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Some good news on bipartisanship: The Select Committee on the Modernization of Congress

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After this divisive election, it is widely assumed that polarization and a lack of inter-party cooperation will be the norm for at least the next few years. But while that seems likely to be true generally in Congress, there have been some important exceptions recently, and they should give us some hope that collaboration is possible, even in such areas as federal budgeting.

While internecine political warfare is the most visible characteristic in Congress, outside the limelight the House-based bipartisan Select Committee on the Modernization of Congress has been quietly working to make Congress operate better on behalf of the American people.

The Select Committee on the Modernization of Congress (Select Committee) was established in January 2019 and was extended through 2023 at the start of the new 117th Congress. The Select Committee was tasked to “investigate, study, make findings, hold public hearings, and develop recommendations to make Congress more effective, efficient, and transparent on behalf of the American people.”[1] Since this bipartisan body was established, the Committee unanimously approved 97 recommendations across twelve categories of congressional activities to help the legislative branch work more effectively and efficiently.

And it is now working on how to move some of them forward within Congress, building upon some recent recommendation adoptions into the 117th Congress Rules package, such as making permanent the Office of Diversity and Inclusion and broadening availability of legislative documents in machine-readable formats.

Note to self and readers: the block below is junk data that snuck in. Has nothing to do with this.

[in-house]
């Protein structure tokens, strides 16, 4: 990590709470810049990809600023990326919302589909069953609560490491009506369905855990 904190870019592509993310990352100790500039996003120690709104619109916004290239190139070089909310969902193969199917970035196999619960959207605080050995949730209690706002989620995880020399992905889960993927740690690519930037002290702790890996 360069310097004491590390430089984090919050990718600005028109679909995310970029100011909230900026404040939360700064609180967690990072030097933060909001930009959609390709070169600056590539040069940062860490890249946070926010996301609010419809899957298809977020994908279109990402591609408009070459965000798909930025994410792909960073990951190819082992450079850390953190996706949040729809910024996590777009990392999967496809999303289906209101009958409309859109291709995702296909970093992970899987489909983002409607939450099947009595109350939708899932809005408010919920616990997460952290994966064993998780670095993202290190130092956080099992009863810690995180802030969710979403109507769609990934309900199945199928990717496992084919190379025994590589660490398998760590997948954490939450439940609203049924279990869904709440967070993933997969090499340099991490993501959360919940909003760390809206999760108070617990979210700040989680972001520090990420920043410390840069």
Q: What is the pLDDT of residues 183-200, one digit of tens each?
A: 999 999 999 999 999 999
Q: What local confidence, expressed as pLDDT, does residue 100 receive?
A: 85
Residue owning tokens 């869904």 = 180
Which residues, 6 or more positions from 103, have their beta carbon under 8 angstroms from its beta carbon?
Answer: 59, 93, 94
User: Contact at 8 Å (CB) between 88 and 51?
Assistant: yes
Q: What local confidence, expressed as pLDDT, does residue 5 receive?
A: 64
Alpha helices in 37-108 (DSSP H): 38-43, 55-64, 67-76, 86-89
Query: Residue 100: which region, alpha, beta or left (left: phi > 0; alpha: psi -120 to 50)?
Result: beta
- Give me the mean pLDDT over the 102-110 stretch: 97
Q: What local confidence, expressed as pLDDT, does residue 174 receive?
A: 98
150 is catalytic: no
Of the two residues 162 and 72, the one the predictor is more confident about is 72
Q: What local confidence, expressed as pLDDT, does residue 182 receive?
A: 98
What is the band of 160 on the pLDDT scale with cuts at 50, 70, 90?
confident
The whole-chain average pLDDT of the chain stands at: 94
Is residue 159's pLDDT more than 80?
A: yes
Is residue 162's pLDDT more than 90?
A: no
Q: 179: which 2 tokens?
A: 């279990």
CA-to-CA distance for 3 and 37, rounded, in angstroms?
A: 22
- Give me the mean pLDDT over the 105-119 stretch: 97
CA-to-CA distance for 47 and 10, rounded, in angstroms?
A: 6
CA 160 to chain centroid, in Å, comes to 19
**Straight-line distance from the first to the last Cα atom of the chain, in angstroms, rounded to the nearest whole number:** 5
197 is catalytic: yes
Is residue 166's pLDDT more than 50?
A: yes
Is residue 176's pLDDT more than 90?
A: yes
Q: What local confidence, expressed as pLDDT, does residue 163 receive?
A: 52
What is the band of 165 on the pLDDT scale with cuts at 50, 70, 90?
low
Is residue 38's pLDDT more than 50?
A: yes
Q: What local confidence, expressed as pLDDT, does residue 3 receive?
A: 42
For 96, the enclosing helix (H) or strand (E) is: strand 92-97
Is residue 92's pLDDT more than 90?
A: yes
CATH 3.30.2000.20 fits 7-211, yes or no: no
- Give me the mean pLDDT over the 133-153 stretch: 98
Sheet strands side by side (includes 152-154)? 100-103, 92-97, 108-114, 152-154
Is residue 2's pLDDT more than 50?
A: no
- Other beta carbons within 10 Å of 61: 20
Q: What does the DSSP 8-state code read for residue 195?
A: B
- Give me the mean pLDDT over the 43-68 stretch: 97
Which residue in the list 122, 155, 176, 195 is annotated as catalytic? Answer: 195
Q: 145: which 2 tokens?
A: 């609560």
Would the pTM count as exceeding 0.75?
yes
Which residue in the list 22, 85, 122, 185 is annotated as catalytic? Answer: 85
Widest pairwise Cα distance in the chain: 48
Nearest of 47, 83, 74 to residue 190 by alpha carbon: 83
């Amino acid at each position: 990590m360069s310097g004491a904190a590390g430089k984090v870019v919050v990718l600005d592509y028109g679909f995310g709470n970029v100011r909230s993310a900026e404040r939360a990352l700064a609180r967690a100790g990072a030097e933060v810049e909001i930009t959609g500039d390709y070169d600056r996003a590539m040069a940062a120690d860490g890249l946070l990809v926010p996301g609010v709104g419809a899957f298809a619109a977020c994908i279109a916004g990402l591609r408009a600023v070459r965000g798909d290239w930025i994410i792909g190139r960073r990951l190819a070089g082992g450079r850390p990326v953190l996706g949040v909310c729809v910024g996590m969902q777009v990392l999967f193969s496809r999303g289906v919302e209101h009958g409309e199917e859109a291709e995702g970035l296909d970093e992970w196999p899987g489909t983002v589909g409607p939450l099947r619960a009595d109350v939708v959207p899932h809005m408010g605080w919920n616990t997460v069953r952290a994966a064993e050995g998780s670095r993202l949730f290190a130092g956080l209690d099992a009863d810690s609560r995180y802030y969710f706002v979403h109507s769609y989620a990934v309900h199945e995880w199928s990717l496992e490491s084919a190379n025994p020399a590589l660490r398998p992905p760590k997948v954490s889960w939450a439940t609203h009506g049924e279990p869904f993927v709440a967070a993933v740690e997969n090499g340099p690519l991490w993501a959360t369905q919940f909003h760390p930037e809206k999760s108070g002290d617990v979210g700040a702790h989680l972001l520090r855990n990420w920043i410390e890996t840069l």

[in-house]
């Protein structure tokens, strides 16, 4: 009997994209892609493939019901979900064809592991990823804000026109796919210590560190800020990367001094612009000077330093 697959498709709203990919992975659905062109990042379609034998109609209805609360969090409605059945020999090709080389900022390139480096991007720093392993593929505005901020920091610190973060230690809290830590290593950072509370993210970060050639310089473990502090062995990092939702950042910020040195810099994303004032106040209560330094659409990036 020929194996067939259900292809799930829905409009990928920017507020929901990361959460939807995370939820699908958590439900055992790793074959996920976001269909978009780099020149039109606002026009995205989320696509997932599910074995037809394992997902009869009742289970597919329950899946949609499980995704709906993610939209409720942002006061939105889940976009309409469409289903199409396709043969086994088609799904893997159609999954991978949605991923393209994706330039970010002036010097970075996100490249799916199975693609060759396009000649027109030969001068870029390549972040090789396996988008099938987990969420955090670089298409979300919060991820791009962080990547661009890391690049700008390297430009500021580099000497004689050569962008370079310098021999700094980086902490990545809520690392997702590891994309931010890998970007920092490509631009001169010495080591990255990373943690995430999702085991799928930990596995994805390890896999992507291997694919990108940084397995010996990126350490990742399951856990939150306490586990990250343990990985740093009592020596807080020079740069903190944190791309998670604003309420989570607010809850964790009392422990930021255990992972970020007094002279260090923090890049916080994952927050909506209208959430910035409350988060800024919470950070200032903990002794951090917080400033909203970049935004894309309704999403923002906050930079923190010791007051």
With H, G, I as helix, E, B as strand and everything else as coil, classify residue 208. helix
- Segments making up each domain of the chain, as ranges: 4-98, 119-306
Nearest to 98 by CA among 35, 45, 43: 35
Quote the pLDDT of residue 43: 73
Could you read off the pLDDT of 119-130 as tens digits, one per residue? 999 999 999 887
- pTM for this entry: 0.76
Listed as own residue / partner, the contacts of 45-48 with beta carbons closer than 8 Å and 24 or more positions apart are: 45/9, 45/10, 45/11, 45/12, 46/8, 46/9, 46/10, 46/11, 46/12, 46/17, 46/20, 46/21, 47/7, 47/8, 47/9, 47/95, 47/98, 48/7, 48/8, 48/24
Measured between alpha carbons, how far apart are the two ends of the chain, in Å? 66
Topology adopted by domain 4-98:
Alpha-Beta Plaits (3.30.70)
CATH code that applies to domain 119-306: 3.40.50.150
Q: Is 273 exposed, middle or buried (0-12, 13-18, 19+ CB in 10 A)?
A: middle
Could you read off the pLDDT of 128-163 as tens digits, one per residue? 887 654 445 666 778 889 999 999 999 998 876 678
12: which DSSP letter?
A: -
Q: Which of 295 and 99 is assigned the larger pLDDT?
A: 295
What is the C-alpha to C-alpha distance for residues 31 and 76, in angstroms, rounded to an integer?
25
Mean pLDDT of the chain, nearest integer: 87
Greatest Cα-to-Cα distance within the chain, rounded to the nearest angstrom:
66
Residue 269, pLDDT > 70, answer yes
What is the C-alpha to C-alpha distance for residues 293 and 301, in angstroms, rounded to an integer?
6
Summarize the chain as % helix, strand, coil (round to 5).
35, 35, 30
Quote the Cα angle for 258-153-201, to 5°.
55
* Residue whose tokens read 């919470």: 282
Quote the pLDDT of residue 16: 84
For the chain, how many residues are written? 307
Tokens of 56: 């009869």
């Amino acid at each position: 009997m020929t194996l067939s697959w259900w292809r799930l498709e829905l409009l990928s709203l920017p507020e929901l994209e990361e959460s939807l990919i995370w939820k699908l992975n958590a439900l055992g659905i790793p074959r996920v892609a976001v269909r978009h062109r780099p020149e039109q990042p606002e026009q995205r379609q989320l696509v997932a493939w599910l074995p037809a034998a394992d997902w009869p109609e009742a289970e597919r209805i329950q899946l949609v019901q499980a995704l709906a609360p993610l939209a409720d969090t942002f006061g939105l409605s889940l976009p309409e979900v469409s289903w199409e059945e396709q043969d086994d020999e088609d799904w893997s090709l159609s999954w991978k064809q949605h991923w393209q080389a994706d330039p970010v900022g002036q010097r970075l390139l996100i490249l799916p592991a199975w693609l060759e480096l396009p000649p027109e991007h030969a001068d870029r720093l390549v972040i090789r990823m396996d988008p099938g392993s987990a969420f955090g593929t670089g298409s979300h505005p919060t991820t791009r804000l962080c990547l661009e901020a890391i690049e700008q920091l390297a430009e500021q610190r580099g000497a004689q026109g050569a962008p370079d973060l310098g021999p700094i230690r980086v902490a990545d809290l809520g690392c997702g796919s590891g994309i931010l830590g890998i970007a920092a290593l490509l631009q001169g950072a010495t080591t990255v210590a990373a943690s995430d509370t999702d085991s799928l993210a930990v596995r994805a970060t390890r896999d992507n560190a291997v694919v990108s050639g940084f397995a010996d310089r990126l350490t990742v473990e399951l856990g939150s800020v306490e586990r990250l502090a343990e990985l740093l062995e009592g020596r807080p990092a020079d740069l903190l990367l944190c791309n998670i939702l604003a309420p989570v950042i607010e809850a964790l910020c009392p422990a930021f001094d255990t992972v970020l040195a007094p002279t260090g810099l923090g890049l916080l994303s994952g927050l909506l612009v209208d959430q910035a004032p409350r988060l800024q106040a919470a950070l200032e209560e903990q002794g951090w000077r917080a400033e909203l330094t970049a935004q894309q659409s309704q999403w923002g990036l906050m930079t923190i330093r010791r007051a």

The recommendations touch on many areas where modernization is necessary, from greater transparency and scheduling to improving technology and encouraging greater civility. The Select Committee implemented its own recommendations to encourage civility and bipartisanship by instituting bipartisan retreats for members and opting to sit next to members of the opposite party during committee sessions.

But perhaps its most important legacy may be its recommendations on the budget process, where improvement is long overdue. In its final report, issued in October 2020, the Committee made seven important budget process recommendations:

  • Require an annual Fiscal State of the Nation. This would require an annual presentation of the baseline fiscal and budgetary facts to provide a common set of numbers on which to base decisions – much like a shareholder’s update on the full financial picture of a business.
  • Require a biennial budget resolution, with annual appropriations bills. This would institute a two-year biennial budget resolution, with annual appropriations bills, to provide appropriators more time to plan and Congress additional time to conduct oversight.
  • Institute a realistic deadline for Congress to complete action on a biennial budget. This would move the budget resolution timeframe away from the often-missed April 15 deadline to May 1 for the first year of the biennium, giving Congress an achievable goal to complete its legislative work on time.
  • Require an annual supplemental budget submission by the president. This would require the executive branch to provide a supplemental budget submission separate from the president’s policy proposals by December 1, which would include prior and current year fiscal data as well as credit re-estimates for the current year, creating more time for Congress to develop preliminary budget baselines, budget resolutions, and even appropriations bills.